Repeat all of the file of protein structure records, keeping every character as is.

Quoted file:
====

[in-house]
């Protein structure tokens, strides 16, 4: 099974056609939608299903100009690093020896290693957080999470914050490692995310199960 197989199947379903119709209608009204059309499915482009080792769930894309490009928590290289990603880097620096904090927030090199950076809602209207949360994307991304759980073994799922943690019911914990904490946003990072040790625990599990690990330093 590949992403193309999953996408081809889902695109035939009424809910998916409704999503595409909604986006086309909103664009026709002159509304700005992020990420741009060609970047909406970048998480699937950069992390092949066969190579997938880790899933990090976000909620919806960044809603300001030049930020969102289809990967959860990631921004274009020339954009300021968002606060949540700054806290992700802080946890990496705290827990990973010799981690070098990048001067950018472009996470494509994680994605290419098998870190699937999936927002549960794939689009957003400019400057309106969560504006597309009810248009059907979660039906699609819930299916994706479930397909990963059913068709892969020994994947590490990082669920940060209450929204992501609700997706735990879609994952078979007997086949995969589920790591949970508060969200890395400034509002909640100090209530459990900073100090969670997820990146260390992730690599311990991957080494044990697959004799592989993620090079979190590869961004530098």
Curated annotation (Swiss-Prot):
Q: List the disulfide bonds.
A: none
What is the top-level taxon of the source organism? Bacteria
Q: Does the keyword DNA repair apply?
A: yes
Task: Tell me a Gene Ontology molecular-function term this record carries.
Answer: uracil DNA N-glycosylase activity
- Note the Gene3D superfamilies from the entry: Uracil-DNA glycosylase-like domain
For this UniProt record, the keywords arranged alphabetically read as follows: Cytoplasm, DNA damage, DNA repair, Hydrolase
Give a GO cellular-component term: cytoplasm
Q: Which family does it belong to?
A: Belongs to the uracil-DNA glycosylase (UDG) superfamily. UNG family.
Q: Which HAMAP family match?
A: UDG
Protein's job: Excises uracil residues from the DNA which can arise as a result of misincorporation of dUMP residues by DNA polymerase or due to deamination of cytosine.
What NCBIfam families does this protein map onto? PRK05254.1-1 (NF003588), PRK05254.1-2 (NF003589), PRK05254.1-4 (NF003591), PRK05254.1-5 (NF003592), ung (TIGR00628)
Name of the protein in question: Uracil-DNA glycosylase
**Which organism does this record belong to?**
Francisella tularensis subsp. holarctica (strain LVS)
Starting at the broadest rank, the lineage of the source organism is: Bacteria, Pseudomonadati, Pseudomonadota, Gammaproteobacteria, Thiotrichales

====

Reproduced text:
[in-house]
């Protein structure tokens, strides 16, 4: 099974056609939608299903100009690093020896290693957080999470914050490692995310199960 197989199947379903119709209608009204059309499915482009080792769930894309490009928590290289990603880097620096904090927030090199950076809602209207949360994307991304759980073994799922943690019911914990904490946003990072040790625990599990690990330093 590949992403193309999953996408081809889902695109035939009424809910998916409704999503595409909604986006086309909103664009026709002159509304700005992020990420741009060609970047909406970048998480699937950069992390092949066969190579997938880790899933990090976000909620919806960044809603300001030049930020969102289809990967959860990631921004274009020339954009300021968002606060949540700054806290992700802080946890990496705290827990990973010799981690070098990048001067950018472009996470494509994680994605290419098998870190699937999936927002549960794939689009957003400019400057309106969560504006597309009810248009059907979660039906699609819930299916994706479930397909990963059913068709892969020994994947590490990082669920940060209450929204992501609700997706735990879609994952078979007997086949995969589920790591949970508060969200890395400034509002909640100090209530459990900073100090969670997820990146260390992730690599311990991957080494044990697959004799592989993620090079979190590869961004530098």
Curated annotation (Swiss-Prot):
Q: List the disulfide bonds.
A: none
What is the top-level taxon of the source organism? Bacteria
Q: Does the keyword DNA repair apply?
A: yes
Task: Tell me a Gene Ontology molecular-function term this record carries.
Answer: uracil DNA N-glycosylase activity
- Note the Gene3D superfamilies from the entry: Uracil-DNA glycosylase-like domain
For this UniProt record, the keywords arranged alphabetically read as follows: Cytoplasm, DNA damage, DNA repair, Hydrolase
Give a GO cellular-component term: cytoplasm
Q: Which family does it belong to?
A: Belongs to the uracil-DNA glycosylase (UDG) superfamily. UNG family.
Q: Which HAMAP family match?
A: UDG
Protein's job: Excises uracil residues from the DNA which can arise as a result of misincorporation of dUMP residues by DNA polymerase or due to deamination of cytosine.
What NCBIfam families does this protein map onto? PRK05254.1-1 (NF003588), PRK05254.1-2 (NF003589), PRK05254.1-4 (NF003591), PRK05254.1-5 (NF003592), ung (TIGR00628)
Name of the protein in question: Uracil-DNA glycosylase
**Which organism does this record belong to?**
Francisella tularensis subsp. holarctica (strain LVS)
Starting at the broadest rank, the lineage of the source organism is: Bacteria, Pseudomonadati, Pseudomonadota, Gammaproteobacteria, Thiotrichales